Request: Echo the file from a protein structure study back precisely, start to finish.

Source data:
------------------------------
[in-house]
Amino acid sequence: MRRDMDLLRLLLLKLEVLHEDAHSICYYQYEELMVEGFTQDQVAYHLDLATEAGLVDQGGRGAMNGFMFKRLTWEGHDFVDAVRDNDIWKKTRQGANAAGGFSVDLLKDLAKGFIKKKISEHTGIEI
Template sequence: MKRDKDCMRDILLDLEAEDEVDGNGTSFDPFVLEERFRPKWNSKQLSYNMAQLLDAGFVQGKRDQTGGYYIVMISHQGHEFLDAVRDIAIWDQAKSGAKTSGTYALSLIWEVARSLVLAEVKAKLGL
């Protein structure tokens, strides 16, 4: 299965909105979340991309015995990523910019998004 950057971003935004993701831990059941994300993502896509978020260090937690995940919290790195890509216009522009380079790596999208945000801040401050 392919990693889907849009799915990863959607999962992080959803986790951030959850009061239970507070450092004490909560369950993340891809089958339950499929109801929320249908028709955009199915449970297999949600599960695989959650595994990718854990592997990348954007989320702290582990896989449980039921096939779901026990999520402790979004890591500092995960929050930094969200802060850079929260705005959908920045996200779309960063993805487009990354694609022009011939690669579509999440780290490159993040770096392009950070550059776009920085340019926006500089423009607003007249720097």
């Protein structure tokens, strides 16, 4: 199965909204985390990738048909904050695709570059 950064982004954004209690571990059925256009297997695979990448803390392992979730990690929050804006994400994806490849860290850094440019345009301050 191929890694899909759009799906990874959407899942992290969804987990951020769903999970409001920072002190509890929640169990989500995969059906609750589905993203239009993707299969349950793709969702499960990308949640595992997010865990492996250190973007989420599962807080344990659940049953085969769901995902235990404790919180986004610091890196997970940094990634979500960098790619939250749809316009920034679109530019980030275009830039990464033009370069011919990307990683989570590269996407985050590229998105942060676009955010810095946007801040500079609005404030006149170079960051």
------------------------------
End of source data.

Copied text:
[in-house]
Amino acid sequence: MRRDMDLLRLLLLKLEVLHEDAHSICYYQYEELMVEGFTQDQVAYHLDLATEAGLVDQGGRGAMNGFMFKRLTWEGHDFVDAVRDNDIWKKTRQGANAAGGFSVDLLKDLAKGFIKKKISEHTGIEI
Template sequence: MKRDKDCMRDILLDLEAEDEVDGNGTSFDPFVLEERFRPKWNSKQLSYNMAQLLDAGFVQGKRDQTGGYYIVMISHQGHEFLDAVRDIAIWDQAKSGAKTSGTYALSLIWEVARSLVLAEVKAKLGL
């Protein structure tokens, strides 16, 4: 299965909105979340991309015995990523910019998004 950057971003935004993701831990059941994300993502896509978020260090937690995940919290790195890509216009522009380079790596999208945000801040401050 392919990693889907849009799915990863959607999962992080959803986790951030959850009061239970507070450092004490909560369950993340891809089958339950499929109801929320249908028709955009199915449970297999949600599960695989959650595994990718854990592997990348954007989320702290582990896989449980039921096939779901026990999520402790979004890591500092995960929050930094969200802060850079929260705005959908920045996200779309960063993805487009990354694609022009011939690669579509999440780290490159993040770096392009950070550059776009920085340019926006500089423009607003007249720097």
């Protein structure tokens, strides 16, 4: 199965909204985390990738048909904050695709570059 950064982004954004209690571990059925256009297997695979990448803390392992979730990690929050804006994400994806490849860290850094440019345009301050 191929890694899909759009799906990874959407899942992290969804987990951020769903999970409001920072002190509890929640169990989500995969059906609750589905993203239009993707299969349950793709969702499960990308949640595992997010865990492996250190973007989420599962807080344990659940049953085969769901995902235990404790919180986004610091890196997970940094990634979500960098790619939250749809316009920034679109530019980030275009830039990464033009370069011919990307990683989570590269996407985050590229998105942060676009955010810095946007801040500079609005404030006149170079960051």